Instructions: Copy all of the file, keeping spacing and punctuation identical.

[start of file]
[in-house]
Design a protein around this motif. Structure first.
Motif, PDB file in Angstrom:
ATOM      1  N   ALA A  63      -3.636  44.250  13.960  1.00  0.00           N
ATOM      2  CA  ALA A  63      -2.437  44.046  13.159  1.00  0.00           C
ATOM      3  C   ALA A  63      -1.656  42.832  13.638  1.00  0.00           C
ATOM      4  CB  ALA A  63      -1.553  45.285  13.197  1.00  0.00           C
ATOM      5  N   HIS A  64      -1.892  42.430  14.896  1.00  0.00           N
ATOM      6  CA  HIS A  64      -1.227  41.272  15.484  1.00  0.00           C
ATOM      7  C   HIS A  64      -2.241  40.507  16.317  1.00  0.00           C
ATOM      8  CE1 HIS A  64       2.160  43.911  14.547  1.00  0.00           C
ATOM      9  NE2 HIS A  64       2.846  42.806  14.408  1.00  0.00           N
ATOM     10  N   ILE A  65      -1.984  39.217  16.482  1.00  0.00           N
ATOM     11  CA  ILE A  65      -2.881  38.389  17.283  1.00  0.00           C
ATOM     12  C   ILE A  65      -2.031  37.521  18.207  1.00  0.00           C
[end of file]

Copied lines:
[in-house]
Design a protein around this motif. Structure first.
Motif, PDB file in Angstrom:
ATOM      1  N   ALA A  63      -3.636  44.250  13.960  1.00  0.00           N
ATOM      2  CA  ALA A  63      -2.437  44.046  13.159  1.00  0.00           C
ATOM      3  C   ALA A  63      -1.656  42.832  13.638  1.00  0.00           C
ATOM      4  CB  ALA A  63      -1.553  45.285  13.197  1.00  0.00           C
ATOM      5  N   HIS A  64      -1.892  42.430  14.896  1.00  0.00           N
ATOM      6  CA  HIS A  64      -1.227  41.272  15.484  1.00  0.00           C
ATOM      7  C   HIS A  64      -2.241  40.507  16.317  1.00  0.00           C
ATOM      8  CE1 HIS A  64       2.160  43.911  14.547  1.00  0.00           C
ATOM      9  NE2 HIS A  64       2.846  42.806  14.408  1.00  0.00           N
ATOM     10  N   ILE A  65      -1.984  39.217  16.482  1.00  0.00           N
ATOM     11  CA  ILE A  65      -2.881  38.389  17.283  1.00  0.00           C
ATOM     12  C   ILE A  65      -2.031  37.521  18.207  1.00  0.00           C